In building products, loss aversion is a double-edged sword. Loss aversion can help you retain users by helping create a sense of progress in your app. But it can also create friction toward adopting your product in the first place.
How understanding loss helped Amazon reduce friction
When you’re launching a new product, loss aversion can be one of the biggest sources of friction for acquiring users. New products typically replace old ones, which means that switching products incur some type of loss.
This was exactly the case at Amazon Music. Amazon Music is Amazon’s music streaming product, similar to Spotify or Apple Music. When Amazon Music first launched in 2013, some of Amazon’s customers had already purchased the equivalent of hundreds of dollars of CDs through Amazon. Seeing the option to purchase digital music triggered their aversion to loss. Switching to digital music would have meant either losing all the money they’d invested in CDs, or expending a lot of time and effort to rip CDs one by one.
So the product team at Amazon launched “AutoRip” a product that gave people digital versions of CDs that they had already purchased. That helped reduce friction to adopting the Amazon Music’s product. As Kintan Brahbhatt, one of the product leaders behind Amazon Music, explains, “Customers were thrilled, and we eliminated two causes of anxiety — decisions and loss — with one product launch.”
To arrive at insights like these, Brahbhatt recommends that product managers “Make a list of all decisions a customer needs to make in order to complete a task in your product. Then question each one.”
In the case of Amazon Music, you might think that the decision to switch to digital music was obvious — customers don’t have to deal with importing CDs, can play music across their devices, and more. But by digging deeper and trying to understand the mental model of loss aversion behind their customers’ decision-making, the team at Amazon was able to reduce friction toward adopting the new product.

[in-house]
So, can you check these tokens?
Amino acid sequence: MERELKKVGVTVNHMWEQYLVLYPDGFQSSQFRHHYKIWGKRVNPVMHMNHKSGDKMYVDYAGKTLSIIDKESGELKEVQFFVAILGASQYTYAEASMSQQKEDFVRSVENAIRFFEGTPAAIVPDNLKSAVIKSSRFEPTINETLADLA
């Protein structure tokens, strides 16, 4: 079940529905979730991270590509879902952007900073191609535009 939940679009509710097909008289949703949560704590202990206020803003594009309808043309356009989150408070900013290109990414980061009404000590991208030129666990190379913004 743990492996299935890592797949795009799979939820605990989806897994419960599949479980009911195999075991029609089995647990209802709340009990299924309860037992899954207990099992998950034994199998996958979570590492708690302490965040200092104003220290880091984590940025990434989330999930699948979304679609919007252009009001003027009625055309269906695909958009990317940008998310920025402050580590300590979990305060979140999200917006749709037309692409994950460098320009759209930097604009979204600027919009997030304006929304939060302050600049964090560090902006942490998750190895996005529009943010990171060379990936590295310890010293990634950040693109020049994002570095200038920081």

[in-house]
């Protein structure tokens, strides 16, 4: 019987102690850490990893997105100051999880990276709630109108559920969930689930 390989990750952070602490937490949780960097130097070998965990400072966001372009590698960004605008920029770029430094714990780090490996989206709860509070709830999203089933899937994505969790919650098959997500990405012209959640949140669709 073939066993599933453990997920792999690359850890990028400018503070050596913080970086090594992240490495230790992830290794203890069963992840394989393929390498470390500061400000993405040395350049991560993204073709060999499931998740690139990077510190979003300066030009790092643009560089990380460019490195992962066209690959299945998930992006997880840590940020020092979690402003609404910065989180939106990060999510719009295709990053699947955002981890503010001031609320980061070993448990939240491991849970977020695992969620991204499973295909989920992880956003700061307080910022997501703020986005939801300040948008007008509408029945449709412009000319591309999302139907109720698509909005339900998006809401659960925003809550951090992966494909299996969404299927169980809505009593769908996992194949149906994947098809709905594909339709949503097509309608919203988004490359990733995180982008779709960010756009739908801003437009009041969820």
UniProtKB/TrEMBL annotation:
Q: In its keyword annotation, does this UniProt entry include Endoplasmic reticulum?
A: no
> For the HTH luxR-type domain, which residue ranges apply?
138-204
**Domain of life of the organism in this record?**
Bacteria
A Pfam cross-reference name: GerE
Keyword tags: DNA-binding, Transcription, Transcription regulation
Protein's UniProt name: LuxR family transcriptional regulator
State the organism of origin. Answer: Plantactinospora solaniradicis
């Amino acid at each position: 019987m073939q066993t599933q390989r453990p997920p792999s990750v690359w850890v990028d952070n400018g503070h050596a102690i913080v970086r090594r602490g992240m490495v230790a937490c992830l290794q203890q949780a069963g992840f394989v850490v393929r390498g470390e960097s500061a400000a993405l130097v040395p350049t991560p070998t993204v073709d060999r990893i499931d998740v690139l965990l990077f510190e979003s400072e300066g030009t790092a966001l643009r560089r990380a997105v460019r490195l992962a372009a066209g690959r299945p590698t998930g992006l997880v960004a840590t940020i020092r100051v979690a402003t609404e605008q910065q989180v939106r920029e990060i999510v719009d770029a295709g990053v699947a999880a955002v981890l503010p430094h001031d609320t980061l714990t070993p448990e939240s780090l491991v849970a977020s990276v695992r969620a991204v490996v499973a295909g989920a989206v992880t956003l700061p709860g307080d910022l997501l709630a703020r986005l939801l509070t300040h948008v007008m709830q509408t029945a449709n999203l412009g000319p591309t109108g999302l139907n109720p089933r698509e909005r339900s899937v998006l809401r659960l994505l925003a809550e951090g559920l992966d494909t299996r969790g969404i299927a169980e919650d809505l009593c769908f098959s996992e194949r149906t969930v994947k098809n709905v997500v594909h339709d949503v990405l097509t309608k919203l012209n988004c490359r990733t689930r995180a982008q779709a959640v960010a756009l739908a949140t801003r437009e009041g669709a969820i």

More Mental Models
When you’re dealing with product or user problems, you’re likely going to be overloaded with information. Not all of it is going to be helpful. Mental models help you sort through and cut to the heart of the problem. Then you can develop solutions that get at the deeper issues and prevent these problems from happening again.
Here are some more mental models that help you increase your awareness of your own thinking and solve smarter:
- Mental Models I Find Repeatedly Useful — A list of 181+ mental models
- A Dozen Things I’ve Learned About Mental Models from Charlie Munger — A curated list from Tren Griffin of Microsoft
- Influence: The Psychology of Persuasion — A canonical book by Dr. Robert Cialdini
Recognizing and shaping the way you think is one of the most immediate ways to improve as a learning machine. As your company develops, utilizing mental models helps you to continue to hone your problem solving skills.